Ever feel like you have too many Facebook friends? You and I probably do.
At last count I had 477 “friends” on Facebook, and I try to only “friend” (verb) people on FB who I know in real-life (with perhaps a couple exceptions). That number is also disproportionately male, as my wife and I agree to not self-approve friend requests from people of the opposite sex, no matter if we know them well or not. (We don’t keep up with the requests very regularly!) I’m sure there are dozens of everyday friends I’ve yet to “connect” with on the social media hub. I can think of many close friends who are not on FB, and with whom I have more quite meaningful interaction in real life.
With all the technology at our fingertips, we still cannot keep up with everyone.
Were we ever designed to?
A recent study from a book club excerpt and review posted by Gawker helps us see why trying to keep up with everyone is impossible:
So many people think that the more Facebook friends they have, the better. Wrong! In an excerpt from his just released book You Are Not So Smart David McRaney explains “Dunbar’s Number” and why trying to keep in touch with more than 150 people, even on Facebook, is a biological impossibility.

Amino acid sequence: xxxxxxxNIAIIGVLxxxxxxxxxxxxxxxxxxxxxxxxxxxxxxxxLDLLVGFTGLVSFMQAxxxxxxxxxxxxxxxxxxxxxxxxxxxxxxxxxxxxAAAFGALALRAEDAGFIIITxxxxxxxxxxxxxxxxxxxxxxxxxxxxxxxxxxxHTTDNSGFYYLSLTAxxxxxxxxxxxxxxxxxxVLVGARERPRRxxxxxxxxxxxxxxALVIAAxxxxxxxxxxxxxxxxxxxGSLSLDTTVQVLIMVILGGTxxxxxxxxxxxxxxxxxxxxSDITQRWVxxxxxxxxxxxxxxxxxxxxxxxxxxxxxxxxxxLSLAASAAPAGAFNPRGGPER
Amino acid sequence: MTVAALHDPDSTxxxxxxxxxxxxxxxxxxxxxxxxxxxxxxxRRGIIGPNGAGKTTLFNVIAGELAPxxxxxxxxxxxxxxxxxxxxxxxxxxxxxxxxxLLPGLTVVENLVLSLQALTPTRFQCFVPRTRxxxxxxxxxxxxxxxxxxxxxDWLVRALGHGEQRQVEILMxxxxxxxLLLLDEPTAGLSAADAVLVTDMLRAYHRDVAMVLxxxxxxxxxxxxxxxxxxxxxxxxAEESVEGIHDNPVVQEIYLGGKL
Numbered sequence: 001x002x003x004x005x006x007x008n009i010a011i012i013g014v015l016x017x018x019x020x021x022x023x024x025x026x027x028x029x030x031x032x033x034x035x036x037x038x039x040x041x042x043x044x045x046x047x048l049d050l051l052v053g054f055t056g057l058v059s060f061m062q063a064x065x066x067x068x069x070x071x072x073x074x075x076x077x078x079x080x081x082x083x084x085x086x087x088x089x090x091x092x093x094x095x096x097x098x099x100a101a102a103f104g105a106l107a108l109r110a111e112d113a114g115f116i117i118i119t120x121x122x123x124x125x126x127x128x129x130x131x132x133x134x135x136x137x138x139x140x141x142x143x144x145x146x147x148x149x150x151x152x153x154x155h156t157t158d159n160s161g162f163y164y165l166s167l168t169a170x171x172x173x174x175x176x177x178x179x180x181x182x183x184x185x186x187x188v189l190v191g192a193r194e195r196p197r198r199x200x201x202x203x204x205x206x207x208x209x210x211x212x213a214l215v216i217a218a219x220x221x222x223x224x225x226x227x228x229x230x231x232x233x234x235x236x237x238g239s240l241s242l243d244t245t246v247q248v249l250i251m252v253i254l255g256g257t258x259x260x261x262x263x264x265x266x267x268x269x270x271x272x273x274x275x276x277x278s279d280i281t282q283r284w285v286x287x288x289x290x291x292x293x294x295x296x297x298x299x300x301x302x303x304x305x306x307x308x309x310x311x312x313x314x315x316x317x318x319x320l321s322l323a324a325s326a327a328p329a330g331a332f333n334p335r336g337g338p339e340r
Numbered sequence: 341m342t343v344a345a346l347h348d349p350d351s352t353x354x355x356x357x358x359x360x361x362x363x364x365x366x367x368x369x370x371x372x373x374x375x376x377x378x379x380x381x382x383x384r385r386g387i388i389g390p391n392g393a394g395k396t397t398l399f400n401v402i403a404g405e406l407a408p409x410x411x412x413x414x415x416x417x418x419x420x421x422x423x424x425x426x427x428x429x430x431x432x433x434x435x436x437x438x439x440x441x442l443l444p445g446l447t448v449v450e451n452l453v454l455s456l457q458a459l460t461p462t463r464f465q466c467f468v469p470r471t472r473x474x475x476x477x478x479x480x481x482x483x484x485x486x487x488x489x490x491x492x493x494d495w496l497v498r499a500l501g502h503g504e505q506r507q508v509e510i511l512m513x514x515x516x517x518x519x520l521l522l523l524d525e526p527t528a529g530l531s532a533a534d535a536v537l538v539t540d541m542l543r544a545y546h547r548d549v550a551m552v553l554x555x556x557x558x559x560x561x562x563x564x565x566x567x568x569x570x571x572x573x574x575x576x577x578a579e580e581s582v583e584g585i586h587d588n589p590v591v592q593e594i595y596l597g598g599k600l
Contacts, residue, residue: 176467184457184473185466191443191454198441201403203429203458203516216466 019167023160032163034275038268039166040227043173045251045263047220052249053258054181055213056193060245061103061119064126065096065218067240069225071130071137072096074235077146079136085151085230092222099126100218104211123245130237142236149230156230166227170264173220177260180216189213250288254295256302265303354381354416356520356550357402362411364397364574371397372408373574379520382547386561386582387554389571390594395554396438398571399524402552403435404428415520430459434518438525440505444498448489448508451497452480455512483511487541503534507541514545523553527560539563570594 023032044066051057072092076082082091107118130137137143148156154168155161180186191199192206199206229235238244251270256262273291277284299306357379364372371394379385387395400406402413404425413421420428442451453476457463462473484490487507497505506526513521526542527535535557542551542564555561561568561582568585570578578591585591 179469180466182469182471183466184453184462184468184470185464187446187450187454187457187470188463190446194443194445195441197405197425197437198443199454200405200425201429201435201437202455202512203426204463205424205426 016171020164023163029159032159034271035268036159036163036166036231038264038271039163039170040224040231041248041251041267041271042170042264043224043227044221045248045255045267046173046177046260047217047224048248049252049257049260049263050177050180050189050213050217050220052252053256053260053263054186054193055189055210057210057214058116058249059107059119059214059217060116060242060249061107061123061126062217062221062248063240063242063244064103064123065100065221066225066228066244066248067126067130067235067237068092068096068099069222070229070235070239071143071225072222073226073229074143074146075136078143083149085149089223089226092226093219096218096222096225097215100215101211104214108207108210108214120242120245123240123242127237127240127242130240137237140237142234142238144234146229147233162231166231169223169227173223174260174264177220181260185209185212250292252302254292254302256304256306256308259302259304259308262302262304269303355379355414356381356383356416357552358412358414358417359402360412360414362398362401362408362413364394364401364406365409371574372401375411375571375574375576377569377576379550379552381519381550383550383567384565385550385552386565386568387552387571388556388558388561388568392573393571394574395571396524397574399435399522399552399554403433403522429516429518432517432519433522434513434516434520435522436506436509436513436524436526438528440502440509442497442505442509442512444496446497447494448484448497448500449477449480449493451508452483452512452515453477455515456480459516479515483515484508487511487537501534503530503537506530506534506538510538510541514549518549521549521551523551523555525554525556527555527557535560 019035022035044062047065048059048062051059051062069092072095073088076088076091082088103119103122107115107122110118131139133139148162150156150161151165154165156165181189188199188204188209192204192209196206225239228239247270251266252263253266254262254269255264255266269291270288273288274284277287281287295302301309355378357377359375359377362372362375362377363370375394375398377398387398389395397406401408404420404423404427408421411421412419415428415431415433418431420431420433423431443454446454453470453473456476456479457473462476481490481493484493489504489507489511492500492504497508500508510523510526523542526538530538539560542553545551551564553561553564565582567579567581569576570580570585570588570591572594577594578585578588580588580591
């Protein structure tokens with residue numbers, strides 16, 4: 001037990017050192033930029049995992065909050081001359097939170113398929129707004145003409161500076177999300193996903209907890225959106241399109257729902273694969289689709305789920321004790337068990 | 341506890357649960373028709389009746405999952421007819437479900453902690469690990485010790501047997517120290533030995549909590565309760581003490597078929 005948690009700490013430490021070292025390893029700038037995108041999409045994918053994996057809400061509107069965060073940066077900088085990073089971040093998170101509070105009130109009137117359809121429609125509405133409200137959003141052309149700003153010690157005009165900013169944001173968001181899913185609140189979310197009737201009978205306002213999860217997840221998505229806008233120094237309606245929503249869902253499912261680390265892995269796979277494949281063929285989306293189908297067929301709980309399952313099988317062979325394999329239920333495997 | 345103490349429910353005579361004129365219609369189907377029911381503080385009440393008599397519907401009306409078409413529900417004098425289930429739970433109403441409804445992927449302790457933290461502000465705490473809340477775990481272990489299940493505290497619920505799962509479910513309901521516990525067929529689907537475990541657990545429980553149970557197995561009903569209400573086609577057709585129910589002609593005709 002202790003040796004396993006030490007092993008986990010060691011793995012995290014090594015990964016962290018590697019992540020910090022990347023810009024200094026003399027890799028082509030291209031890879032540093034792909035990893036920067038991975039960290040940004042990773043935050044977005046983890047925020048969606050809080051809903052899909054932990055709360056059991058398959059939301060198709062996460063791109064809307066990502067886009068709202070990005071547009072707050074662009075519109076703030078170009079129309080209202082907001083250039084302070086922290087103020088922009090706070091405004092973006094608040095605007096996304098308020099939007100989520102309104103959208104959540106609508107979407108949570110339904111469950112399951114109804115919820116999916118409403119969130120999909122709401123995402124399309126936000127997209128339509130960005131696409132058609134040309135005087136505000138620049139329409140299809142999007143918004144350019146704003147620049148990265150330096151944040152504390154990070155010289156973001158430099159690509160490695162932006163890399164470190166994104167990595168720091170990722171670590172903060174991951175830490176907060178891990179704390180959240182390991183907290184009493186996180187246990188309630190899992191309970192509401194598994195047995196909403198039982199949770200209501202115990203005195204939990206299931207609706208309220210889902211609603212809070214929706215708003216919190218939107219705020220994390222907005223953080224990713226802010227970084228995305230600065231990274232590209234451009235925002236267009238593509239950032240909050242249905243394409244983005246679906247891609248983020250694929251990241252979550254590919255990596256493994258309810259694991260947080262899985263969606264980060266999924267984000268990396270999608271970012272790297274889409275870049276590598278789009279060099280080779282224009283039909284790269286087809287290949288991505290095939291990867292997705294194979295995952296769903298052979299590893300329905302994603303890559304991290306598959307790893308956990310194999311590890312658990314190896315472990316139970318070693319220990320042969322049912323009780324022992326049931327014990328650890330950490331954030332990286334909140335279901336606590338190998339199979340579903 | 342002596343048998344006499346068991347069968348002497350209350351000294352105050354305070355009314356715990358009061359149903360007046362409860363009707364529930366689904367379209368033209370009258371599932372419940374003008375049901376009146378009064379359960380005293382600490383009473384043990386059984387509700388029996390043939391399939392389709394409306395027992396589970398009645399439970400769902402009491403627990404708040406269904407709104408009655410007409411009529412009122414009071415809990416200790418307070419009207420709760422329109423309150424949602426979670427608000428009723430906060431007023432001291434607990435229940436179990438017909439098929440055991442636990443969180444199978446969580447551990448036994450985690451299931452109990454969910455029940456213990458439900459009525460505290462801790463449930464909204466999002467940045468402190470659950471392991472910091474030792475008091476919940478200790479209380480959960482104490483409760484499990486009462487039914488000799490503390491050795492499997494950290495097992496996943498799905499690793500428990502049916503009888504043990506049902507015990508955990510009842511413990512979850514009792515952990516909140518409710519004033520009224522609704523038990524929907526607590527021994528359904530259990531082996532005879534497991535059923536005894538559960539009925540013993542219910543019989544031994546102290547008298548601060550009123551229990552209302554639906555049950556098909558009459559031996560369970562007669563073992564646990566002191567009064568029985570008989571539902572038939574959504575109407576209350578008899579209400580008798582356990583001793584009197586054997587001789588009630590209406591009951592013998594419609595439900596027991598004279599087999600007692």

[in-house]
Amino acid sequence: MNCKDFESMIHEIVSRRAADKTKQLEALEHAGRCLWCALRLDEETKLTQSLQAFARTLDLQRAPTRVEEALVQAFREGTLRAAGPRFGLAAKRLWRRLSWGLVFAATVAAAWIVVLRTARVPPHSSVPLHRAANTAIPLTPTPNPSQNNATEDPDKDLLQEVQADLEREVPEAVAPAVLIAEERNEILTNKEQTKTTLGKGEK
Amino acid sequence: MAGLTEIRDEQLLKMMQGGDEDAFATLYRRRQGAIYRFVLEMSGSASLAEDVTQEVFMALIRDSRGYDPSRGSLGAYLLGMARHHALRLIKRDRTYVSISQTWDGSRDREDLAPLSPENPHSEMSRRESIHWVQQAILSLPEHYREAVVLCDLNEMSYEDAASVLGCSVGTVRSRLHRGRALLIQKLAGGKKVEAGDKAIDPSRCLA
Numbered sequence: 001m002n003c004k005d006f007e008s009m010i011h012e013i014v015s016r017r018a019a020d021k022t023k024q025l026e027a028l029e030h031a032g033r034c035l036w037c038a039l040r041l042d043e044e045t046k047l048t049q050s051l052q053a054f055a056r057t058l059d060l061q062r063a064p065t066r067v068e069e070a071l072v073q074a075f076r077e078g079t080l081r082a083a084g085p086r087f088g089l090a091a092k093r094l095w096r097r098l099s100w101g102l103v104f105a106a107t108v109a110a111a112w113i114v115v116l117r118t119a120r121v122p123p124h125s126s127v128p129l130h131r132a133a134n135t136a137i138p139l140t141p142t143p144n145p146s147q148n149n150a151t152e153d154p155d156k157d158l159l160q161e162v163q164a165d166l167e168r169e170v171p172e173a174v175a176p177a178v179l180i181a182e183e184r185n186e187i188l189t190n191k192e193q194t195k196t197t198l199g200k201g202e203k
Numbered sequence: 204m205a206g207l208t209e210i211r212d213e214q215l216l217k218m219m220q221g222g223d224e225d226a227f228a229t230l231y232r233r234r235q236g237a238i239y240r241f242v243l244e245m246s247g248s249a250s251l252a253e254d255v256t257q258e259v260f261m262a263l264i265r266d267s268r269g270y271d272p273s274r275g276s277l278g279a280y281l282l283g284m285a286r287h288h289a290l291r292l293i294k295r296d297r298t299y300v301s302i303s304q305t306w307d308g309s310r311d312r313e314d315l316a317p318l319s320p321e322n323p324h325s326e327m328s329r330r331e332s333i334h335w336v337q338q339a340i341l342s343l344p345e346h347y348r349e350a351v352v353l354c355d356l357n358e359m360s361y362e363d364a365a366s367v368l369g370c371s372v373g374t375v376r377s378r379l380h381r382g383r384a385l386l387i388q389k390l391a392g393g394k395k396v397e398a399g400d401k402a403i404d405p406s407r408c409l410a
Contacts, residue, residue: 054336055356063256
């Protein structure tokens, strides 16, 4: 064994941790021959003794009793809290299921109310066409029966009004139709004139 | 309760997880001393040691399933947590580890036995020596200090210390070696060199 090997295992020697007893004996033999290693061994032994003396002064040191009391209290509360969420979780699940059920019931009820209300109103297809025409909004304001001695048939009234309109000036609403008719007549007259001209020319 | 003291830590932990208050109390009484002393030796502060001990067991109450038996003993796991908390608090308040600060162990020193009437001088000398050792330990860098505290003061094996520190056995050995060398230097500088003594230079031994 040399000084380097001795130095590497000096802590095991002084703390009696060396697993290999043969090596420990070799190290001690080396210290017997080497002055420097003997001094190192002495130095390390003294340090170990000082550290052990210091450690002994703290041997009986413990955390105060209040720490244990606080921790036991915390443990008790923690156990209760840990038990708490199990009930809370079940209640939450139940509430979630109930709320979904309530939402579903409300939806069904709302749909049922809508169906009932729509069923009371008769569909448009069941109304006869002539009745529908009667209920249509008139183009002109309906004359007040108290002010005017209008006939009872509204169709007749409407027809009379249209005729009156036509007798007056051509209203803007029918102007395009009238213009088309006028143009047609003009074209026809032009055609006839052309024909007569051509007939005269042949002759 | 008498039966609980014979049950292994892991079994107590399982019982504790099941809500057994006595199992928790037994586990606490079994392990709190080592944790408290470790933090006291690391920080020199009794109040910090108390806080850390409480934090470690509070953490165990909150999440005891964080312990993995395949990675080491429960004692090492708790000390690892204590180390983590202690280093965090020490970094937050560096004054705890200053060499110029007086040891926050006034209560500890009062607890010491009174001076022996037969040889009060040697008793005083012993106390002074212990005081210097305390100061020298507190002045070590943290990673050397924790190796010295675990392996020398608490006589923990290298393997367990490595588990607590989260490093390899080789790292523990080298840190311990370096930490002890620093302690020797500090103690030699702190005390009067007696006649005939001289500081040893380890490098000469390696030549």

The Misconception: There is a Rolodex in your mind with the names and faces of everyone you’ve ever known.
The Truth: You can only maintain relationships and keep up with around 150 people at once.
- There are more than 800 million active users
- More than 50% of those active users log on to Facebook in any given day
- Average user has 130 friends
Maybe the “average” people are getting it right, keeping their totals under 150.
Introverts and extraverts alike, we were not created to know everyone deeply.
(No need to worry, my conservative readers: I do not believe we are primates in the sense that we are evolutionary-mature monkeys, as appears to be an underlying assumption of the research. Yes, we are classified as primates, and rightly so. But I think there is a unique soul and “breath” of God with which He created us, in His image, not the next step [or more] in the process of natural selection. Even still, this study intrigues me, and our over-connected and under-relational ways lend credence to McRaney’s thesis. There’s no need to toss out his research even if you do not subscribe exactly to the modern scientific theory of Macro-Evolution.)
Photo credit: from Shutterstock.com, used in the original article.